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Understanding California’s Restitution Laws

Posted by Dan Kann | Dec 01, 2014 | 0 Comments

October 20, 2014

Many Californians are aware that when a person is convicted of a crime, he or she will be punished with fines, jail time, prison time or probation. However, not many Californians know about an additional fine known as restitution. Under Article I, Section 28(b) of California's Constitution, when someone is convicted of a crime, he or she must pay restitution to the victim.

Essentially, restitution is how the convicted offender pays compensation for the financial losses, property damage, or even medical costs that the victim (and even the state in some cases) has suffered as a result of the crime.

The sum of the restitution is based on the severity of the crime and the extent of the losses the victim has suffered. For example, a judge may order restitution of $120 to $1,000 for a misdemeanor crime, whereas a felony conviction may result in $240 to $10,000 in restitution.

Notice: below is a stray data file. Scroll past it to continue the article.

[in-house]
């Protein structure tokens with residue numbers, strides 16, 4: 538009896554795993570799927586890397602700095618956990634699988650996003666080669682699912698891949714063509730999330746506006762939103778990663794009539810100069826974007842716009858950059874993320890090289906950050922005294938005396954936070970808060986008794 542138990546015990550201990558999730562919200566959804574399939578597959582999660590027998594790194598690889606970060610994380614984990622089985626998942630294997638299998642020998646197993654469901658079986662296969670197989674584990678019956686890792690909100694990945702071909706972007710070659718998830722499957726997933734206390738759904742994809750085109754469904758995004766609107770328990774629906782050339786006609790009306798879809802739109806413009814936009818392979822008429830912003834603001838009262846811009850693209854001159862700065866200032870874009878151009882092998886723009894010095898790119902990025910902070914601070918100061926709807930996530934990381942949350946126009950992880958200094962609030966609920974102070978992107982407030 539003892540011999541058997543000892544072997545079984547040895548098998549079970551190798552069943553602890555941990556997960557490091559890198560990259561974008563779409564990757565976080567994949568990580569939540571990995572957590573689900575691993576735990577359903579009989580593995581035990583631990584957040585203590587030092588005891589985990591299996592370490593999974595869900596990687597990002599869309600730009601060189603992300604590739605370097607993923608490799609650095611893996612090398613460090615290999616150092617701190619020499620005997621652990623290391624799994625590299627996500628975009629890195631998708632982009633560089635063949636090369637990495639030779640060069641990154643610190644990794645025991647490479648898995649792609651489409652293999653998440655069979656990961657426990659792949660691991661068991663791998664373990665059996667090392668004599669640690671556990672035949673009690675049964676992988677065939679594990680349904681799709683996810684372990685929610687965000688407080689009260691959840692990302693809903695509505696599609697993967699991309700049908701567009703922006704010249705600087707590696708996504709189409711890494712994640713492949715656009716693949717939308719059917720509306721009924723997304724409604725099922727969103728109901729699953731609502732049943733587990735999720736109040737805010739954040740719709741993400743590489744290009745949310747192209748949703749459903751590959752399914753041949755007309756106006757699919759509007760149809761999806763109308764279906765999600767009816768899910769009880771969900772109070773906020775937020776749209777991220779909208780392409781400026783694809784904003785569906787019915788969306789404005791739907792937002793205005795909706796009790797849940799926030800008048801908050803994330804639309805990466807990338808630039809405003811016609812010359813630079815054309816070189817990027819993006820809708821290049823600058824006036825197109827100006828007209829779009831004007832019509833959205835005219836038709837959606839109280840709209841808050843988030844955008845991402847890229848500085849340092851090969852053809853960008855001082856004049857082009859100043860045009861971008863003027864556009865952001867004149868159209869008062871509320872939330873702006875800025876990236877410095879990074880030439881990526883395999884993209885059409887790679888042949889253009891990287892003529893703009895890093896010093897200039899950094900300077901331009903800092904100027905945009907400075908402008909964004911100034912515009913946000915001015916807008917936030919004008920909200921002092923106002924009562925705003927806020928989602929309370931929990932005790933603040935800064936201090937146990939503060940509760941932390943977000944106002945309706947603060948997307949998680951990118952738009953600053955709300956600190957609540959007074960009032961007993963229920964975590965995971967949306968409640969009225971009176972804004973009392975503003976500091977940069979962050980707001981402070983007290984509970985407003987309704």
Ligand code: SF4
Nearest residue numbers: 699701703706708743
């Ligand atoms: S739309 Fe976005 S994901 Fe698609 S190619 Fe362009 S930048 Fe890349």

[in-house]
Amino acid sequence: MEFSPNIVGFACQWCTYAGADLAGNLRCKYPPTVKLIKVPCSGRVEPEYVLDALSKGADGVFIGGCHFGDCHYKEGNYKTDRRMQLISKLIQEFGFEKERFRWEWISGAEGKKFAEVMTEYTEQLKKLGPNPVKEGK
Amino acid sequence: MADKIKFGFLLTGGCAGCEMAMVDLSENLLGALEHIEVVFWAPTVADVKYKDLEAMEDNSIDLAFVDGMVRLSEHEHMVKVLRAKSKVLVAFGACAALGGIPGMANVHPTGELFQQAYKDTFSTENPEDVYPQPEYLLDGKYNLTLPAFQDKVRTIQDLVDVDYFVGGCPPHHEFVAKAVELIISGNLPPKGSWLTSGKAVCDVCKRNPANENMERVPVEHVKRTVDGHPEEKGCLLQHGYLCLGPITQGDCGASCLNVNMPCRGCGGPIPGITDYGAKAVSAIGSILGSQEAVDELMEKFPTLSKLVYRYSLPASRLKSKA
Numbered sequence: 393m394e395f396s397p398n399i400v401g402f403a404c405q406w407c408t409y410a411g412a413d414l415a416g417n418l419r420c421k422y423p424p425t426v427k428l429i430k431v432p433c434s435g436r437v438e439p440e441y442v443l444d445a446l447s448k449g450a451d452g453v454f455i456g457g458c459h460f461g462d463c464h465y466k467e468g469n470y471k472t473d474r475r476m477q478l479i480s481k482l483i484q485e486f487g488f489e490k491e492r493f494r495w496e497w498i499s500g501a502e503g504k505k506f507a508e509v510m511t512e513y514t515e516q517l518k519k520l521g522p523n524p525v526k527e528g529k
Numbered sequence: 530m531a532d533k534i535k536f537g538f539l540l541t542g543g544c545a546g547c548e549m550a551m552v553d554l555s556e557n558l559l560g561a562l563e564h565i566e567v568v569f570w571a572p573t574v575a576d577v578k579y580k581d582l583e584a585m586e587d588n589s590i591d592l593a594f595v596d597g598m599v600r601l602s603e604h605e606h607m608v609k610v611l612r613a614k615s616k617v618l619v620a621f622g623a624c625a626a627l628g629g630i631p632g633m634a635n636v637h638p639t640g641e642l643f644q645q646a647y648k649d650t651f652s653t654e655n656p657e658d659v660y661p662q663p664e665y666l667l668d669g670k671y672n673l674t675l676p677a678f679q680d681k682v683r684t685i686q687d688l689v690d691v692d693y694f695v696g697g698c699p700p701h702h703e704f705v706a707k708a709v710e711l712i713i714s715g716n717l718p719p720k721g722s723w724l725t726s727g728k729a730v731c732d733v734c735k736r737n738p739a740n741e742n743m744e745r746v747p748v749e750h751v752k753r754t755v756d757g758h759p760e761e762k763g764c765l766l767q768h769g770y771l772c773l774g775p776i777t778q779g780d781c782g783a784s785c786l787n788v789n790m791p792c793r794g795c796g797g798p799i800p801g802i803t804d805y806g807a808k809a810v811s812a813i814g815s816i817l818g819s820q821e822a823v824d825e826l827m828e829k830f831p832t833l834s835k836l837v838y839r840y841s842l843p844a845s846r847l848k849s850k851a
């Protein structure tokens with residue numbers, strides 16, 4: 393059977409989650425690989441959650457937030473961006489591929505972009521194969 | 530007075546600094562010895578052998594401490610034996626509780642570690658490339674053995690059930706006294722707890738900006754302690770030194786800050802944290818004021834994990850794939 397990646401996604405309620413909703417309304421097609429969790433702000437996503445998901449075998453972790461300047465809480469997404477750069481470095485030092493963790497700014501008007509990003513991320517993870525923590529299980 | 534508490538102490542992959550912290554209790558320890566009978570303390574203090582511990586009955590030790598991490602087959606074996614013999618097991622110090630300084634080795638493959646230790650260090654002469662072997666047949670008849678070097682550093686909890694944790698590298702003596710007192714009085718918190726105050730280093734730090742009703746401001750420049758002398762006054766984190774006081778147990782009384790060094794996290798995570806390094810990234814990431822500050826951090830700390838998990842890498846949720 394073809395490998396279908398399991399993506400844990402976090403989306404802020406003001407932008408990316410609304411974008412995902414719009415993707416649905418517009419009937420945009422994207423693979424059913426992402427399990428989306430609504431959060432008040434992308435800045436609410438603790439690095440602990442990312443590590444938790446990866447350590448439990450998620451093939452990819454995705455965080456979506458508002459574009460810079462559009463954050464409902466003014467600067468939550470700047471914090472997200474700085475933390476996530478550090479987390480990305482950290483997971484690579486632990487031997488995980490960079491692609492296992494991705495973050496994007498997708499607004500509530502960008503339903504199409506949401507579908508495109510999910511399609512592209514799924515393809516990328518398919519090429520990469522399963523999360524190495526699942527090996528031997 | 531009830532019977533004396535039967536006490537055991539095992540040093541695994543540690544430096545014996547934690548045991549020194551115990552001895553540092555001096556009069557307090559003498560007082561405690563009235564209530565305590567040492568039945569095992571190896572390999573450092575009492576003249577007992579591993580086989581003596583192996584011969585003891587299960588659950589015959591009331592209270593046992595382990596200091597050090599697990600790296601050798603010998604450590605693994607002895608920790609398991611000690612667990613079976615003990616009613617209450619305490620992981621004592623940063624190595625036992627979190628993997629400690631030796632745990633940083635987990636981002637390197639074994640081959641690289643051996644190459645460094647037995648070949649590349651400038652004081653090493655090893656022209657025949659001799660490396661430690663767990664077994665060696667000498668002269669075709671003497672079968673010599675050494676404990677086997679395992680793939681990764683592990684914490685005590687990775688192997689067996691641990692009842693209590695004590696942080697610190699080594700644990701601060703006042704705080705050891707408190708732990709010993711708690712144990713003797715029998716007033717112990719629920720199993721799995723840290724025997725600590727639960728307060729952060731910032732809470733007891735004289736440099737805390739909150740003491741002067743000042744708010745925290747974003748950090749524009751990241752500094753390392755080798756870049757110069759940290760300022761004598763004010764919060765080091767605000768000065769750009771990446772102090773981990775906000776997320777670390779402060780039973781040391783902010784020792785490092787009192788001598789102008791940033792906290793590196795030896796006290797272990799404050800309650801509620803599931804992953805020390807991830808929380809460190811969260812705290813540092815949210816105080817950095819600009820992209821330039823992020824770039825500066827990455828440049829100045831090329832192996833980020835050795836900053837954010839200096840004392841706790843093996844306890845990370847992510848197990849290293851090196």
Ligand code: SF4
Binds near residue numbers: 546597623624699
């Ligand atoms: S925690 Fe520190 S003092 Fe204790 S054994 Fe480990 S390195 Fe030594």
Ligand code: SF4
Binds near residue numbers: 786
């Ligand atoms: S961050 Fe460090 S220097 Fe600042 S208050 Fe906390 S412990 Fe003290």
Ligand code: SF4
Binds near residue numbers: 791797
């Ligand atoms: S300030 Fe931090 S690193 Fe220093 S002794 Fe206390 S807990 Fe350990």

However, in many cases, a judge may decide that the offender is not responsible for paying restitution depending on compelling or extraordinary circumstances.  Additionally, offenders are entitled to a hearing in order to dispute restitution, according to PC 1202.4(f)(1).

If you are facing criminal charges or have been convicted of a crime, contact The Law Offices of Daniel E. Kann in Ventura County. Our firm is proud to offer free and confidential case evaluations to help our prospective clients make a well-informed decision about their rights and future. Call (888) 744-7730 to learn more.

About the Author

Dan Kann

Daniel E. Kann has devoted his entire legal career exclusively to defending individuals facing criminal prosecution in Southern California. Dan fights criminal cases throughout Los Angeles, Ventura, Orange, Kern, Riverside and San Bernardino Counties.


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